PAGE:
Liberty Counsel filed an amicus brief on behalf of a diverse group of organizations, churches, religious leaders, and individuals, including 70,000 African American and Hispanic churches and millions of African Americans and Hispanic Americans across the United States, who are asking the U.S. Supreme Court to overturn Roe v. Wade because legalized abortion is unconstitutional, violates the right to life, and supports racist eugenics.
Liberty Counsel represents Rev. Samuel Rodriguez and the National Hispanic Christian Leadership Conference; Chairman Dean Nelson and the Frederick Douglass Foundation; Rev. Alveda King, the niece of Rev. Dr. Martin Luther King, Jr., and Speak for Life; the Catholic Diocese of Tyler, Texas; Bishop Joseph Edward Strickland; Deacon Keith Fournier, Esq., General Counsel for the Catholic Diocese of Tyler, Texas; and the Common Good Foundation. This broad group of African Americans, Hispanics, Roman Catholics, and Protestants join together in support of Mississippi requesting the U.S. Supreme Court to overturn the 1973 abortion opinion of Roe v. Wade and its subsequent abortion cases.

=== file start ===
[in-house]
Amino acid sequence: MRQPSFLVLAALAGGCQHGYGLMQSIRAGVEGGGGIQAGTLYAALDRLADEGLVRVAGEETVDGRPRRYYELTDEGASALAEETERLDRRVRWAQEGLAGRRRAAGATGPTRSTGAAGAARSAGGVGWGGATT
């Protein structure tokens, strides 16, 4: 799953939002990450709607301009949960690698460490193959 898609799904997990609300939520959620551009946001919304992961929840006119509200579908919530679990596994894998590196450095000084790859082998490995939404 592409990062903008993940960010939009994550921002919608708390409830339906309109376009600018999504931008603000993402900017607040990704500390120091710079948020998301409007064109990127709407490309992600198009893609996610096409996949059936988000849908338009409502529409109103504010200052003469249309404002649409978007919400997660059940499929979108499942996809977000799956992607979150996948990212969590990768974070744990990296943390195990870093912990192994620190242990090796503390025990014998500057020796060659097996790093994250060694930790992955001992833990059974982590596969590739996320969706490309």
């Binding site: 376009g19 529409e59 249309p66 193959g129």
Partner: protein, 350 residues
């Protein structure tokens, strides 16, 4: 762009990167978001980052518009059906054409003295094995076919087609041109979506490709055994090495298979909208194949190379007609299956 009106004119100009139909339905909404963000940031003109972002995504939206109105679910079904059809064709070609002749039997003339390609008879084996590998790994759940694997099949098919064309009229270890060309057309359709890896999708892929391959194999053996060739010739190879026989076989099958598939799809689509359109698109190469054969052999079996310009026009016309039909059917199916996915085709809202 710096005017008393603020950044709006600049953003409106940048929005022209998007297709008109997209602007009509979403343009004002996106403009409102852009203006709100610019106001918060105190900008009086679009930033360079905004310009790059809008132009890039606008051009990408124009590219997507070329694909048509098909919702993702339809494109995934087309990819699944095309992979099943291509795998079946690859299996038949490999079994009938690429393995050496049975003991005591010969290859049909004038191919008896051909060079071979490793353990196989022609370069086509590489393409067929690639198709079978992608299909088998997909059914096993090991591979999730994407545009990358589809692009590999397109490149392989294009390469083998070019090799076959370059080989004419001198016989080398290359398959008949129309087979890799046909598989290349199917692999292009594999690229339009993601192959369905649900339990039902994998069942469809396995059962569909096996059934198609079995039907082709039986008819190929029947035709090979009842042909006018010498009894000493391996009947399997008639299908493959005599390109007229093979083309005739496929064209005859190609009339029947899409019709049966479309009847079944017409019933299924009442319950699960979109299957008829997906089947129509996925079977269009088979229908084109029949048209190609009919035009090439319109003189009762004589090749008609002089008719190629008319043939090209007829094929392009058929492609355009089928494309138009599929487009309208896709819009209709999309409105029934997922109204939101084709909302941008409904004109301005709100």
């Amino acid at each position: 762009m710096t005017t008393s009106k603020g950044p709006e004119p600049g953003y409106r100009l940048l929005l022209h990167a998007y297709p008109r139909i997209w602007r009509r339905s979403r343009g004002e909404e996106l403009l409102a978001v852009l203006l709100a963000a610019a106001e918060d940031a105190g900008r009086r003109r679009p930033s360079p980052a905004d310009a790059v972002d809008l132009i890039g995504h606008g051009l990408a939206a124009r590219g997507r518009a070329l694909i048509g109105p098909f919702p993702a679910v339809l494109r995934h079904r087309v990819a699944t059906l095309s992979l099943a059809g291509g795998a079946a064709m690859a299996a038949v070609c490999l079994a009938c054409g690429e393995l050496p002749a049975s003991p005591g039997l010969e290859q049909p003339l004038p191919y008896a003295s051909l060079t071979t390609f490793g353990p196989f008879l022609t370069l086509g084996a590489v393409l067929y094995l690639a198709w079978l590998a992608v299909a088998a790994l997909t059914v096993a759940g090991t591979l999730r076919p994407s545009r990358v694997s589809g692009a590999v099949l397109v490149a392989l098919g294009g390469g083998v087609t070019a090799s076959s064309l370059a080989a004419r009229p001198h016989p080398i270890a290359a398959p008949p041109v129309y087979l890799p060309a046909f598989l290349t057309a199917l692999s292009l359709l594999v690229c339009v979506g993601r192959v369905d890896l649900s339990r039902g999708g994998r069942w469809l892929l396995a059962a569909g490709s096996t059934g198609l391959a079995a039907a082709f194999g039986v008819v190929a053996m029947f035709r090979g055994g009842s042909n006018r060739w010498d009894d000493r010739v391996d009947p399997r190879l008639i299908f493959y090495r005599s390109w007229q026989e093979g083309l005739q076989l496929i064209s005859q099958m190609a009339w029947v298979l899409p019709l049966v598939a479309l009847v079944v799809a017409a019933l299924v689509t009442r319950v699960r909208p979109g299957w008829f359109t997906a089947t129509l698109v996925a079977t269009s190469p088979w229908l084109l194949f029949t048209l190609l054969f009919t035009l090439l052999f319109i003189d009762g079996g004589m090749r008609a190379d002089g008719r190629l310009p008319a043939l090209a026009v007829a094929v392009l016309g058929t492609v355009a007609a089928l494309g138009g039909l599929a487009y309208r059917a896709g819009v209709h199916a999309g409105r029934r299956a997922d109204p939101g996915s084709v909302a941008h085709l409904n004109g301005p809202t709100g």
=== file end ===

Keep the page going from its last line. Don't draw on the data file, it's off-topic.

Last May, the U.S. Supreme Court agreed to hear Dobbs, MS Health Officer, et al. v Jackson Women’s Health, et al., which is asking the Justices to reexamine the viability standard decided in Roe v. Wade from 1973, Planned Parenthood of Southeastern Pennsylvania v. Casey in 1992, and Whole Women’s Health v. Hellerstedt in 2016. Mississippi’s attorney general has asked the High Court to overturn the landmark abortion decision Roe v. Wade and argued that the practice shouldn’t be considered a constitutional right. The case is expected to be argued when the Supreme Court’s term starts in October, and a decision is likely to come by June of 2022.
The Mississippi law was previously blocked by a federal judge shortly after its passage, and the Fifth U.S. Circuit Court of Appeals upheld that decision last year, citing the precedent set by Roe v Wade. Under existing Supreme Court precedent, states may not ban abortions that occur prior to fetal viability, generally around 22 weeks or later. However, Liberty Counsel’s amicus brief in Jackson v. Dobbs emphasizes the fact that the lower courts failed to contemplate the racist and eugenic history of the abortion movement and that abortion is largely a minority epidemic.